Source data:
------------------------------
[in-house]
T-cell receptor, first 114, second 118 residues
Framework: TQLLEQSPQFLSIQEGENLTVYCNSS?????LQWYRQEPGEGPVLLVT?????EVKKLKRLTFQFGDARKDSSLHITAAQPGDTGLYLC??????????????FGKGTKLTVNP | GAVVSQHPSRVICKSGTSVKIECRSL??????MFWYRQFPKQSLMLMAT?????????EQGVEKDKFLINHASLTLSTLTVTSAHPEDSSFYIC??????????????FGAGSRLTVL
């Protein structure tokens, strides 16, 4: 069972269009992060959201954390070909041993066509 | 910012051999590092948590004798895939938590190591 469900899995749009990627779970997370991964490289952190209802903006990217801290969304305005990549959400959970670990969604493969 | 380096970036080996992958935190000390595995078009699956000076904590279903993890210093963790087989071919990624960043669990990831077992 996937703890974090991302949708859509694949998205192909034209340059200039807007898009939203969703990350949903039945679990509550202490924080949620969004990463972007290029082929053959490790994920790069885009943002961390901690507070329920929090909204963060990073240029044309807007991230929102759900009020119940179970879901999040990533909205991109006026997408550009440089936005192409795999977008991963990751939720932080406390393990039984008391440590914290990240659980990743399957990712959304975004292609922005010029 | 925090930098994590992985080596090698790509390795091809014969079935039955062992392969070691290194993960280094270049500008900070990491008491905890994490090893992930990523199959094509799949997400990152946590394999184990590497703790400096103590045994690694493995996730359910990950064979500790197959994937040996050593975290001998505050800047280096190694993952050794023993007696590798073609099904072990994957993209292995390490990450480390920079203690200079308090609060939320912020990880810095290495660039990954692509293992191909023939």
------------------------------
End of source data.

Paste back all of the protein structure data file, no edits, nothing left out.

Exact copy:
[in-house]
T-cell receptor, first 114, second 118 residues
Framework: TQLLEQSPQFLSIQEGENLTVYCNSS?????LQWYRQEPGEGPVLLVT?????EVKKLKRLTFQFGDARKDSSLHITAAQPGDTGLYLC??????????????FGKGTKLTVNP | GAVVSQHPSRVICKSGTSVKIECRSL??????MFWYRQFPKQSLMLMAT?????????EQGVEKDKFLINHASLTLSTLTVTSAHPEDSSFYIC??????????????FGAGSRLTVL
């Protein structure tokens, strides 16, 4: 069972269009992060959201954390070909041993066509 | 910012051999590092948590004798895939938590190591 469900899995749009990627779970997370991964490289952190209802903006990217801290969304305005990549959400959970670990969604493969 | 380096970036080996992958935190000390595995078009699956000076904590279903993890210093963790087989071919990624960043669990990831077992 996937703890974090991302949708859509694949998205192909034209340059200039807007898009939203969703990350949903039945679990509550202490924080949620969004990463972007290029082929053959490790994920790069885009943002961390901690507070329920929090909204963060990073240029044309807007991230929102759900009020119940179970879901999040990533909205991109006026997408550009440089936005192409795999977008991963990751939720932080406390393990039984008391440590914290990240659980990743399957990712959304975004292609922005010029 | 925090930098994590992985080596090698790509390795091809014969079935039955062992392969070691290194993960280094270049500008900070990491008491905890994490090893992930990523199959094509799949997400990152946590394999184990590497703790400096103590045994690694493995996730359910990950064979500790197959994937040996050593975290001998505050800047280096190694993952050794023993007696590798073609099904072990994957993209292995390490990450480390920079203690200079308090609060939320912020990880810095290495660039990954692509293992191909023939």